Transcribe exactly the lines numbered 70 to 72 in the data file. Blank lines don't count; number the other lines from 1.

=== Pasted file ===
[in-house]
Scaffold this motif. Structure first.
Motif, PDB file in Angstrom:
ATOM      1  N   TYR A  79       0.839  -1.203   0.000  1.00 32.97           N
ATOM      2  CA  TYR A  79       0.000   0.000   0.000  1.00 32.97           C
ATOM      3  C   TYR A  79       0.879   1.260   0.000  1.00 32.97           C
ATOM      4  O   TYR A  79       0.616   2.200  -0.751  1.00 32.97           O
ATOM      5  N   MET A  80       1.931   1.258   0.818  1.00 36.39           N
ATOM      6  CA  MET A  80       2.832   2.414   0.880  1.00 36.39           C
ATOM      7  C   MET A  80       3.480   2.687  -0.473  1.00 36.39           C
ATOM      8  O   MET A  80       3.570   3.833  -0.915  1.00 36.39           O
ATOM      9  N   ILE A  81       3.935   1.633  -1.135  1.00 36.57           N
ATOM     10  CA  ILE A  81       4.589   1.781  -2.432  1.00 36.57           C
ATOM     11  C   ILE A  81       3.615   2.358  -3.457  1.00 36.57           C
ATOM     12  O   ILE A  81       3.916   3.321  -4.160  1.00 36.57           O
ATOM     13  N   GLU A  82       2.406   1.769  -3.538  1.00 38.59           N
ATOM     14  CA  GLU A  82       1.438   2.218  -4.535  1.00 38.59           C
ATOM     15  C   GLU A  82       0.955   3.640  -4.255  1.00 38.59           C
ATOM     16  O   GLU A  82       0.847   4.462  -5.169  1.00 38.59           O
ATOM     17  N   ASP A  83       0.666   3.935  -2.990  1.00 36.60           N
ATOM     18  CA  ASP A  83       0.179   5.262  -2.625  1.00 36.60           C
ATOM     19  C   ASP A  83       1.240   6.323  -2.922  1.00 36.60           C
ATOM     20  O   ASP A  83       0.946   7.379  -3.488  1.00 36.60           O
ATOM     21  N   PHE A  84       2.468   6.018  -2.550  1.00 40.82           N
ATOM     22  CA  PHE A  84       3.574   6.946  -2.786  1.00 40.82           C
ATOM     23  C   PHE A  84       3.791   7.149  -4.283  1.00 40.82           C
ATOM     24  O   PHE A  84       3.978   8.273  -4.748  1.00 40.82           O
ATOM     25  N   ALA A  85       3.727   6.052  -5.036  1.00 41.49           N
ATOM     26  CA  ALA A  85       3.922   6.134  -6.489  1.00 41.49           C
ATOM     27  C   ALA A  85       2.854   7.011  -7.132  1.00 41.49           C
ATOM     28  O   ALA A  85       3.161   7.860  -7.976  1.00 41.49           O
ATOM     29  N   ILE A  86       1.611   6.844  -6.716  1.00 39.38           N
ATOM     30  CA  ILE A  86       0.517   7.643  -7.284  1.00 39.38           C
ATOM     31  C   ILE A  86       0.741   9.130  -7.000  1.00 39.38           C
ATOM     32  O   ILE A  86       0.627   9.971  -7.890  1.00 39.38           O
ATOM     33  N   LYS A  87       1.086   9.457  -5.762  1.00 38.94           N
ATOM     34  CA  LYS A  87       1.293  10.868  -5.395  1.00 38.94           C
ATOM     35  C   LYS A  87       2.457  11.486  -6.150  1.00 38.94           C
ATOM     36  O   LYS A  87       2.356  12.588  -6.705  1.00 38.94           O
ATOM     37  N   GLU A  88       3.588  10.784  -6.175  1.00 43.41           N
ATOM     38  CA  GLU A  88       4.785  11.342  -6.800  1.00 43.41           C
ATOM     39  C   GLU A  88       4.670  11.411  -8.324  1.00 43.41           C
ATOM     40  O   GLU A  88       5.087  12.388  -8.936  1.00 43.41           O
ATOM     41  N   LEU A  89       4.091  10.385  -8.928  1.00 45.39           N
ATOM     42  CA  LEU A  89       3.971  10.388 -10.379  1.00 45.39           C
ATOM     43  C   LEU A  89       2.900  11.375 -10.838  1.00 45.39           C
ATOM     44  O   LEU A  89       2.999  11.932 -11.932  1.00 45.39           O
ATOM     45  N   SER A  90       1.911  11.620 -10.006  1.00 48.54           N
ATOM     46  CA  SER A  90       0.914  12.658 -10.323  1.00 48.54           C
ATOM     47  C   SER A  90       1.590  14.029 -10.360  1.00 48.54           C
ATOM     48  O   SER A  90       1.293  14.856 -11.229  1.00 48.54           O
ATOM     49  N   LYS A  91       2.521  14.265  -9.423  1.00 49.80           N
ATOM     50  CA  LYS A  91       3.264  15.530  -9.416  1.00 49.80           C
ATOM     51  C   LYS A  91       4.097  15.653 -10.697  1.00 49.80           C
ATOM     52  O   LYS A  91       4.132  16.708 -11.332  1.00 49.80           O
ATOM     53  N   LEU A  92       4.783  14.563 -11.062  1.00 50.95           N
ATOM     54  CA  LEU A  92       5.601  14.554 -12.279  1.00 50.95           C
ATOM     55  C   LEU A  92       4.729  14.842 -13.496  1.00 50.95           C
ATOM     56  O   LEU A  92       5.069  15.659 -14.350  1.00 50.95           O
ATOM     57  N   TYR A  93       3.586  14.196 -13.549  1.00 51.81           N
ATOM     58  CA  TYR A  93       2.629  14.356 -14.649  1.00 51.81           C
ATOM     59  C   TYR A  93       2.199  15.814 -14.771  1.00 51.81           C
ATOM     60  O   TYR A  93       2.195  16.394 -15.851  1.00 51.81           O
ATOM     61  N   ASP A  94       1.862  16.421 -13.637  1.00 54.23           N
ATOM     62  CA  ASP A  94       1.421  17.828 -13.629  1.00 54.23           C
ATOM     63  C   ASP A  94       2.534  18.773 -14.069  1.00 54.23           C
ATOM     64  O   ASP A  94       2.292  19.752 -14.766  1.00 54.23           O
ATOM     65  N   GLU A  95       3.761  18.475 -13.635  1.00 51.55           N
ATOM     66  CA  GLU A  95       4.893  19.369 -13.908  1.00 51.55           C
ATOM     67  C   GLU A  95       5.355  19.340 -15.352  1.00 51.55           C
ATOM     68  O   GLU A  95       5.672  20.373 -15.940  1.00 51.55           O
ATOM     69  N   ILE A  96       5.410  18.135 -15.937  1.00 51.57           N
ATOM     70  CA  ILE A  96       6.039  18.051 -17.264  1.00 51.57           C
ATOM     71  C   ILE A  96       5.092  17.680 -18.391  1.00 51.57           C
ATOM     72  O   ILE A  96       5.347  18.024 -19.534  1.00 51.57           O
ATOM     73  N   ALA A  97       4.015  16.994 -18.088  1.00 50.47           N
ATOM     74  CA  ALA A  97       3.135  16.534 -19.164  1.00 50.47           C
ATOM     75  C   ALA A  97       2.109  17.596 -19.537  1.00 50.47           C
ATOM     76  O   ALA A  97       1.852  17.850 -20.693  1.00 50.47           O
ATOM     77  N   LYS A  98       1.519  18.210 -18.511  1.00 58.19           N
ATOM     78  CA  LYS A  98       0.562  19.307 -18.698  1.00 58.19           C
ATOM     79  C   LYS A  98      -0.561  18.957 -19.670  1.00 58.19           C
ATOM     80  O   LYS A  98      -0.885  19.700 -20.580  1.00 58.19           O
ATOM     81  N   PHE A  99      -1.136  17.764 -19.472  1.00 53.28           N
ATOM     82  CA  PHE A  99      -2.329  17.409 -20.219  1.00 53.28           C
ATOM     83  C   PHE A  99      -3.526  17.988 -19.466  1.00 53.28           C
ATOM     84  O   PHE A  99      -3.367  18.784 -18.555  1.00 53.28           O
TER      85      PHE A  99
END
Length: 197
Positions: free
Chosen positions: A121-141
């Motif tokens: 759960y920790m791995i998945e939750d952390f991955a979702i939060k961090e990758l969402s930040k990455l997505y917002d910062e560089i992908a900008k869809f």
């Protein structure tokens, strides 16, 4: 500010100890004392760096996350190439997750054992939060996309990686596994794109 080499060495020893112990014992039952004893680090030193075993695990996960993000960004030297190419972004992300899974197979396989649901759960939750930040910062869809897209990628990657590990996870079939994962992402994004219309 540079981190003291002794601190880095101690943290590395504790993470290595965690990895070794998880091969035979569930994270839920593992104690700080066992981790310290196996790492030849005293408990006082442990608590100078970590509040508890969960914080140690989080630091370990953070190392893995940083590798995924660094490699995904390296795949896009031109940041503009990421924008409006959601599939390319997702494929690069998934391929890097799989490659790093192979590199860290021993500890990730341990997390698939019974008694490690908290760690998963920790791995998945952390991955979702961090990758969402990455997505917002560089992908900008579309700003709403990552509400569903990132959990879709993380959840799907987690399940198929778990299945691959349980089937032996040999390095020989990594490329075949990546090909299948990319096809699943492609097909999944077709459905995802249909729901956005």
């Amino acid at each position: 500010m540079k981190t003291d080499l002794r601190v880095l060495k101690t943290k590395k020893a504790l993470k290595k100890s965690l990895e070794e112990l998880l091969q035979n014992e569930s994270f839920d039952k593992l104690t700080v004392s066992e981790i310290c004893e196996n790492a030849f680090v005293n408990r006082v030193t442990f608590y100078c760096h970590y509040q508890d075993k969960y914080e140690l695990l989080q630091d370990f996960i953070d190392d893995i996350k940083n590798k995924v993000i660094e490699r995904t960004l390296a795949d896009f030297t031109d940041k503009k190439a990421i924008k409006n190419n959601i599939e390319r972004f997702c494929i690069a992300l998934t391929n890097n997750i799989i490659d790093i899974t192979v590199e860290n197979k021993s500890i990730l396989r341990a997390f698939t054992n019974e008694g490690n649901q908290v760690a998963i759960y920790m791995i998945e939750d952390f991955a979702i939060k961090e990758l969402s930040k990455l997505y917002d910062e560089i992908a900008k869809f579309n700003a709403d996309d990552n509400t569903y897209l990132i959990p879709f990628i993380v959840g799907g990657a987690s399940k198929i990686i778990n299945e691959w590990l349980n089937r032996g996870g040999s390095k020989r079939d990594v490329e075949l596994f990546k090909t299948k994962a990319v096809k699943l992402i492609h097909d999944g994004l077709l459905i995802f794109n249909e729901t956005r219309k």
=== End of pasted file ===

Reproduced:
ATOM     67  C   GLU A  95       5.355  19.340 -15.352  1.00 51.55           C
ATOM     68  O   GLU A  95       5.672  20.373 -15.940  1.00 51.55           O
ATOM     69  N   ILE A  96       5.410  18.135 -15.937  1.00 51.57           N